“Script-typing” is an integral part of his working process, he says, something he does unfailingly with every movie. “I type out the script first, and tell the directors what the approximate length of the movie is going to be,” he explains, “so that we don’t have to shoot unnecessarily. For Aravaan, we saved close to 10 days of shoot. Which is close to Rs 25 lakhs.”
He also advises his directors on scene and song placements. An editor has to be prescient, he says. “It would be helpful. For instance, if a director is narrating a story where the hero is opening a gate…
…sound effects oda thalaila odum. Even CG and other visual effects are decided beforehand.”
Most directors do know what they want, Praveen explains, but wouldn’t know which equipment would get them the desired effect; that’s when an editor or a cinematographer steps in. “In Jilla, stunt master Selvam wanted to try the 300 trick for fight scenes. It involved placing the camera on two axes on the same rig – one will zoom in and the other will zoom out. So that when we pull back, there is no jerk.”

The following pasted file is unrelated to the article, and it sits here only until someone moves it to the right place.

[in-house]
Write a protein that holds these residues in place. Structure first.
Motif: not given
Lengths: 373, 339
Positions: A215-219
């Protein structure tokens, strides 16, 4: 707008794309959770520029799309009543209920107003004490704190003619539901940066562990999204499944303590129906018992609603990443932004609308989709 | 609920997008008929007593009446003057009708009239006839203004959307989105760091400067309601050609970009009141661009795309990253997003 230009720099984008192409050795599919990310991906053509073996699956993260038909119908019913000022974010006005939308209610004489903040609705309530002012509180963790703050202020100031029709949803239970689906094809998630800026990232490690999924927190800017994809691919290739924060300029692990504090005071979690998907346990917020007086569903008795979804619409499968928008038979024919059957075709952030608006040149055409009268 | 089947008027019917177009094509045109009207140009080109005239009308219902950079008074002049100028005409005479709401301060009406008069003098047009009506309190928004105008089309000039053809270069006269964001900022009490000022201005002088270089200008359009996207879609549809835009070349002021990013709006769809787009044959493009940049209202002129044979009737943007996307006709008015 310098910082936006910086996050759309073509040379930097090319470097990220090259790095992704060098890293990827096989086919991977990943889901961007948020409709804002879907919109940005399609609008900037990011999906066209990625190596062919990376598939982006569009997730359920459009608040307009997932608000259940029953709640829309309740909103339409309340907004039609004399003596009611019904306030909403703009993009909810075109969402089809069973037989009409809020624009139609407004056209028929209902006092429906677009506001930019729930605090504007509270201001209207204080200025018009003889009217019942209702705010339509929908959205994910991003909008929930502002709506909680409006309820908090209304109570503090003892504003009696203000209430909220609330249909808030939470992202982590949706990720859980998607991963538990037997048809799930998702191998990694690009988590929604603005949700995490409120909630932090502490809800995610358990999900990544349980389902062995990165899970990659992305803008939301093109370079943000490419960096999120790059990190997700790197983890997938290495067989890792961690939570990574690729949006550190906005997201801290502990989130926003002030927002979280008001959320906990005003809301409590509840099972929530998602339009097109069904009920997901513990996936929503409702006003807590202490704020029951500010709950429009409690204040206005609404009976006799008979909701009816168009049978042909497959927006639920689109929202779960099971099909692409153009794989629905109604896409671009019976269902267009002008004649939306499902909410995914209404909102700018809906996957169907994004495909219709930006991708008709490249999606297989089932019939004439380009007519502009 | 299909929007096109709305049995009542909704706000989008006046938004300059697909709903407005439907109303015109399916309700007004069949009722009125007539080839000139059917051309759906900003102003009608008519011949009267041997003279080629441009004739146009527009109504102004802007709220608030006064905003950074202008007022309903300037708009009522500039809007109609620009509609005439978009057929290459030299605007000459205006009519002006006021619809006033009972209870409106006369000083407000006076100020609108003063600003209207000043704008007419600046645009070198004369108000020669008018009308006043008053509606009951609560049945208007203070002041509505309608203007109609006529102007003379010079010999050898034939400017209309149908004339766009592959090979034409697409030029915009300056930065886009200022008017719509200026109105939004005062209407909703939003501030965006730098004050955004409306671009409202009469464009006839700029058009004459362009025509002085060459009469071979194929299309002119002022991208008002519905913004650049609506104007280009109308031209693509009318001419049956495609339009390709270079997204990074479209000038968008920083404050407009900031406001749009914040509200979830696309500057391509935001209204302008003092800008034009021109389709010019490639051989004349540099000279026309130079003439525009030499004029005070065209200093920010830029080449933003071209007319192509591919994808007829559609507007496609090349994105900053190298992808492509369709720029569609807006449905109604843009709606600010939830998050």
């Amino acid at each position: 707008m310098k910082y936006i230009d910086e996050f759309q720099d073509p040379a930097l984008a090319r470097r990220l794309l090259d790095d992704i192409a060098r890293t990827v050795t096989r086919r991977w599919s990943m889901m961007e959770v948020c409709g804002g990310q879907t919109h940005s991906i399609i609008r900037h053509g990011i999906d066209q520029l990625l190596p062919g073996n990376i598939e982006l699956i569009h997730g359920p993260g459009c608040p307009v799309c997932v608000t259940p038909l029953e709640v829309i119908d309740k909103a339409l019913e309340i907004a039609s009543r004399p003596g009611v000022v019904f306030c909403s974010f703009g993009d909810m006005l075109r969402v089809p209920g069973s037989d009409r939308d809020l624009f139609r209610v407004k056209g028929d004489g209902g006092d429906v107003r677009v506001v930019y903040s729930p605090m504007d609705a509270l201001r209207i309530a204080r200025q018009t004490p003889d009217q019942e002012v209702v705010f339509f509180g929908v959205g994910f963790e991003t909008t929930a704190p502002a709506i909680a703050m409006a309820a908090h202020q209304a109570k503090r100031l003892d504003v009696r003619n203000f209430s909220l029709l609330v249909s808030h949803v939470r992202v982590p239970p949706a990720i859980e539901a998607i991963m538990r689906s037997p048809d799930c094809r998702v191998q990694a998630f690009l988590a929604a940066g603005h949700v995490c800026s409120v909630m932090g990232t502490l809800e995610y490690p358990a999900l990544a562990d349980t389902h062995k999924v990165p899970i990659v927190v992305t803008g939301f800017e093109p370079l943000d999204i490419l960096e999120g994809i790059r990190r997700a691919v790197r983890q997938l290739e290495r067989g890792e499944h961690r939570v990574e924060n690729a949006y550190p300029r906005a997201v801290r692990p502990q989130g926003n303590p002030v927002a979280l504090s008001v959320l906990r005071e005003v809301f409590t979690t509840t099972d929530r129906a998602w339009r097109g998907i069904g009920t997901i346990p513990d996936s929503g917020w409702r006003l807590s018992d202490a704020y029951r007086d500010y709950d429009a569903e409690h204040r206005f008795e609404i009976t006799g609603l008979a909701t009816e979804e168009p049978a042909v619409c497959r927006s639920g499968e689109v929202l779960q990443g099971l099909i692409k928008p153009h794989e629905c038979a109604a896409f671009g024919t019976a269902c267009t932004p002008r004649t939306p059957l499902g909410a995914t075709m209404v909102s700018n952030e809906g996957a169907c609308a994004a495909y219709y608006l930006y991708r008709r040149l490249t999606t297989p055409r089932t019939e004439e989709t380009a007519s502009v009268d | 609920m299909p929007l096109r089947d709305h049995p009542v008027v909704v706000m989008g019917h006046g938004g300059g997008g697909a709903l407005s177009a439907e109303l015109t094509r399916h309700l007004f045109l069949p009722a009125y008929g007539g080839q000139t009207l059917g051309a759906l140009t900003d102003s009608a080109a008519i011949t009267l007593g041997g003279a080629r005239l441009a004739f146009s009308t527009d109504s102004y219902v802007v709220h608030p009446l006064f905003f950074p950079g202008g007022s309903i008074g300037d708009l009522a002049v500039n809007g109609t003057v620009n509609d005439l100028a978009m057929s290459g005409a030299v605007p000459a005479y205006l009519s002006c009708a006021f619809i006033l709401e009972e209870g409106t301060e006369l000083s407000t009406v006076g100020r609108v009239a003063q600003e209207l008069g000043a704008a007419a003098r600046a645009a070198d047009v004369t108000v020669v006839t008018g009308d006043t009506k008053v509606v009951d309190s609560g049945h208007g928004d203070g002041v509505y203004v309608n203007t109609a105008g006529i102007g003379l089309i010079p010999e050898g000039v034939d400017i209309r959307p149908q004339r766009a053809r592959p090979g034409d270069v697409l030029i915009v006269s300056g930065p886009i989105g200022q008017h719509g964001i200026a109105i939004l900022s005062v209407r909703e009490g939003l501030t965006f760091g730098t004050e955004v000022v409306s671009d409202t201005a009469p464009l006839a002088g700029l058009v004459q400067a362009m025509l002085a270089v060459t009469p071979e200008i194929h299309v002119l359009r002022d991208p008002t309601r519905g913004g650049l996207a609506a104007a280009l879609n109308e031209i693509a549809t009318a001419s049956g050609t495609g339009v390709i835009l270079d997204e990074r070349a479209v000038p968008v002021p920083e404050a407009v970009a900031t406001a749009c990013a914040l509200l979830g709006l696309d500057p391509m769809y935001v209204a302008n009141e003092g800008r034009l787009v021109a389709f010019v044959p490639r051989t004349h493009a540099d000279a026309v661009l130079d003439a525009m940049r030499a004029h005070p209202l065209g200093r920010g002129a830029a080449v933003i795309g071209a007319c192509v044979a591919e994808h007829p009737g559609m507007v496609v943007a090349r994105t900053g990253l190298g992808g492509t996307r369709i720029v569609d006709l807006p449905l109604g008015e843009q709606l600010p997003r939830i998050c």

Nearly an hour into our interview, Praveen’s narration still doesn’t falter. He talks in a measured tone, takes particular pleasure in illustrating his point, and is quite the conversationalist. We ask about editing different genres. “With action, I don’t have to show the audience everything. When the hero throws a punch, I cut it right there and move on to the next adi-aal,” he laughs, “but with romance, if it’s a slap, I would have to give room to expressions. Focus on the actress right from the moment she lifts her hand, slaps, and her expression thereafter.” He illustrates again. “With Kaaviya Thalaivan as well – the movie is about stage plays – I hold the moment as long as the artiste doesn’t fumble.”
Set in the 1930s, Kaaviya Thalaivan follows the lives of a drama troupe; and Praveen enthusiastically lets me in on the details, “When you see Siddharth, Prithviraj and Nasser on the same screen, each one outdoes the other. Prithivraj also has done a 10-minute sequence for the movie. Continuously. It is very tough to remember the dialogue, and he had to emote as well. It’s a poetic film. Vasanthabalan’s movies always have a humane touch. And this one is full of songs, you can expect a track every 10 minutes.”
Comedy is the most difficult genre to edit, Praveen observes. “Sometimes, we would laugh so much at the edit table, but audience madhika kooda maatanga...”